wie

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See also: Wie, wië, and wîe

Acehnese[edit]

Pronunciation[edit]

Noun[edit]

wie

  1. left (direction)

References[edit]


Afrikaans[edit]

Etymology[edit]

From Dutch wie.

Pronoun[edit]

wie

  1. (interrogative, personal) who, whom (object use predominantly with vir)
    Coordinate term: (non-personal) wat
    Wie het jou gesien?Who saw you?
    (Vir) wie het jy gesien?Whom did you see?
  2. (relative, personal, after prepositions) whom
    Synonyms: (also non-personal) waar-, (with stranded preposition) wat
    die man met wie ek gespreek hetthe man with whom I spoke
  3. (relative, personal, before se) whose
    Coordinate term: (non-personal) wat
    die man wie se vrou dood isthe man whose wife died

Usage notes[edit]

  • For speakers of Dutch there is a rather simple rule for the use of Afrikaans relative pronouns: Where Dutch uses wie, use the same. Where Dutch uses die, dat, wat, waar, use wat. In possessive constructions use wie se with persons and wat se with things.
  • Relative wie with a personal referent in contexts other than the above-mentioned does occasionally occur. However, this is considered nonstandard and an anglicism.

See also[edit]

    Afrikaans interrogative and relative pronouns
interrogative relative
personal other personal other
subject / object wie wat wat
possessive wie se wat se wie se wat se
with
preposition
prepositioned met wie met wat met wie
stranded wat ... mee wat … mee
adverbial waarmee waarmee

Dutch[edit]

Etymology[edit]

From Middle Dutch wie, from Old Dutch wie, from Proto-West Germanic *hwaʀ, from Proto-Germanic *hwaz, from Proto-Indo-European *kʷos.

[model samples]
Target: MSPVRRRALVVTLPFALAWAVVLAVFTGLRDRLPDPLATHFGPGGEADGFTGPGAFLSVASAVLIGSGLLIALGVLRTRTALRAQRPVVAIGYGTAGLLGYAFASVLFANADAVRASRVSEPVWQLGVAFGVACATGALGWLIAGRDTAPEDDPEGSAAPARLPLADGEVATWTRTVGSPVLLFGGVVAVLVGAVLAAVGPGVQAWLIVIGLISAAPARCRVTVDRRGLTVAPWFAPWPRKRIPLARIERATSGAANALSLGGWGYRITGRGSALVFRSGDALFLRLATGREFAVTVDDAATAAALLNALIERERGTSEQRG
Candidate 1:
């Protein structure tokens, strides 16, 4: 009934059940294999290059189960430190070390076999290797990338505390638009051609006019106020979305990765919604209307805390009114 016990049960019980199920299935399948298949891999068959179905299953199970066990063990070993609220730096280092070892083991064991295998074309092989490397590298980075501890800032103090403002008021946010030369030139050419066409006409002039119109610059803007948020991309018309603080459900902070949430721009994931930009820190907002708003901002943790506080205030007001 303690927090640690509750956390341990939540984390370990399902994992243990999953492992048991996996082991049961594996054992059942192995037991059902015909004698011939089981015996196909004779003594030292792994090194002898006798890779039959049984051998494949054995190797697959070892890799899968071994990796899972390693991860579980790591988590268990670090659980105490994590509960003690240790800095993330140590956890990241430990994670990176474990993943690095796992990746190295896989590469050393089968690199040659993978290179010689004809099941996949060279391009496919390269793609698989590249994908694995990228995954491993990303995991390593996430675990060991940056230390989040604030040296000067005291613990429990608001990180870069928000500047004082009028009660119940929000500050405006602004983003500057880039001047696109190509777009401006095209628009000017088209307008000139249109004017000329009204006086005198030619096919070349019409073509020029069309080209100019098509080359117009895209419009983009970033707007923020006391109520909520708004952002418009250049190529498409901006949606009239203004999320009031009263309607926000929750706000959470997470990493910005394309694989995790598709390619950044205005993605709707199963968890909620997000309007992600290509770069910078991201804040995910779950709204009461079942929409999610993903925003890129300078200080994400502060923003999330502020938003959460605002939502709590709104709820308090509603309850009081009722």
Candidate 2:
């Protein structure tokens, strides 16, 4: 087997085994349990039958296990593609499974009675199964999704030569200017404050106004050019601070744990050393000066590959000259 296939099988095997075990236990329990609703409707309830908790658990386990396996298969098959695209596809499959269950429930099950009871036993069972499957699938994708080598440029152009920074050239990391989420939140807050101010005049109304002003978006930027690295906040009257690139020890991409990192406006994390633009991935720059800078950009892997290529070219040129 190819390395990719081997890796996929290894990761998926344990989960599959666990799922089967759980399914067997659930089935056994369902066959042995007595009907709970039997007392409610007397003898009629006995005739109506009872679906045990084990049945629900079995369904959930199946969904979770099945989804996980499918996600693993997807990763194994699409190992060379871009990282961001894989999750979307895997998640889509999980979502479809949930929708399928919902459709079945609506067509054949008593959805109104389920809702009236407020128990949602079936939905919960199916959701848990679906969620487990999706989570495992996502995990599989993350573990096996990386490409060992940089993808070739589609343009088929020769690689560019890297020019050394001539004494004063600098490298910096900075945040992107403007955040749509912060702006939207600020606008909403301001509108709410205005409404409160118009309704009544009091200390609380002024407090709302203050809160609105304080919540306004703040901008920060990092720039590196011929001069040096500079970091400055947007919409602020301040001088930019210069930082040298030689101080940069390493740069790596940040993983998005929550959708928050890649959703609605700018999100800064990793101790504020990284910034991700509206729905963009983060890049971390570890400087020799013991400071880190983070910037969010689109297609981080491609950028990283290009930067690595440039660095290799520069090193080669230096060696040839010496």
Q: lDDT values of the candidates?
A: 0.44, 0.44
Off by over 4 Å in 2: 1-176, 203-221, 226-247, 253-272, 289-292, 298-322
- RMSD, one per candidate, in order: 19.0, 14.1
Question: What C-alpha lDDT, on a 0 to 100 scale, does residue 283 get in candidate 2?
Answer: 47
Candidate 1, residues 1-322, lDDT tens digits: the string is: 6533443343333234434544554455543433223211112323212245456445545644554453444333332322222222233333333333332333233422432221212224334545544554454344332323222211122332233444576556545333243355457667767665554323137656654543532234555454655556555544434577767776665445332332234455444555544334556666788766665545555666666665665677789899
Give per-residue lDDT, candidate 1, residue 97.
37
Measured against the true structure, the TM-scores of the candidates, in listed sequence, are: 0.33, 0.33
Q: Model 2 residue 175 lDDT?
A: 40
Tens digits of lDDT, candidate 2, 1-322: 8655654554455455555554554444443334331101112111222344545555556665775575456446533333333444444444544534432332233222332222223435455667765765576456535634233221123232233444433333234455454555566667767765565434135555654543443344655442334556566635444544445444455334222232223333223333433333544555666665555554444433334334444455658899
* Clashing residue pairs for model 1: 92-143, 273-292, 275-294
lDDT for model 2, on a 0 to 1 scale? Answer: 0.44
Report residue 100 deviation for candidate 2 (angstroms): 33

Pronunciation[edit]

  • IPA(key): /ʋi/
  • (file)
  • Hyphenation: wie
  • Rhymes: -i

Pronoun[edit]

wie

  1. (interrogative, subjective or objective) who, whom
    Wie is daar?
    Who’s there?
    Wie heb jij gezien?
    Whom did you see?
  2. (relative, subjective or objective) who, whom; the one who, whoever
    Wie dit leest is geletterd.
    The one who reads this is literate.
    De receptionist aan wie ik het pakket heb afgegeven, werkte er pas net.
    The receptionist to whom I handed over the parcel had only recently started working there.

Derived terms[edit]

Descendants[edit]

  • Afrikaans: wie
  • Berbice Creole Dutch: wi
  • Jersey Dutch:
  • Negerhollands: wie, awi, awidi, widi

Anagrams[edit]


German[edit]

Etymology[edit]

From Middle High German wie, a merger of two interrelated forms: 1.) Old High German hwio, from older hwēo, from Proto-Germanic *hwaiwa; cognate with Gothic 𐍈𐌰𐌹𐍅𐌰 (ƕaiwa). 2.) Old High German hwē, hwie, from Proto-Germanic *hwē; cognate with Gothic 𐍈𐌴 (ƕē). The latter is a variant of Proto-Germanic *hwī, whence English why, and is further a fossiled instrumental case of *hwaz, *hwat (who, what). Form 1 is also related to this stem.

Pronunciation[edit]

Adverb[edit]

wie

  1. how
    Wie groß bist du?
    How tall are you?
    Ich weiß nicht, wie die Katze hereingekommen ist.
    I don't know how the cat got in.
    Wie wunderbar!
    How wonderful!

Related terms[edit]

Conjunction[edit]

wie

  1. like
    Freunde sind wie Sterne in der Nacht.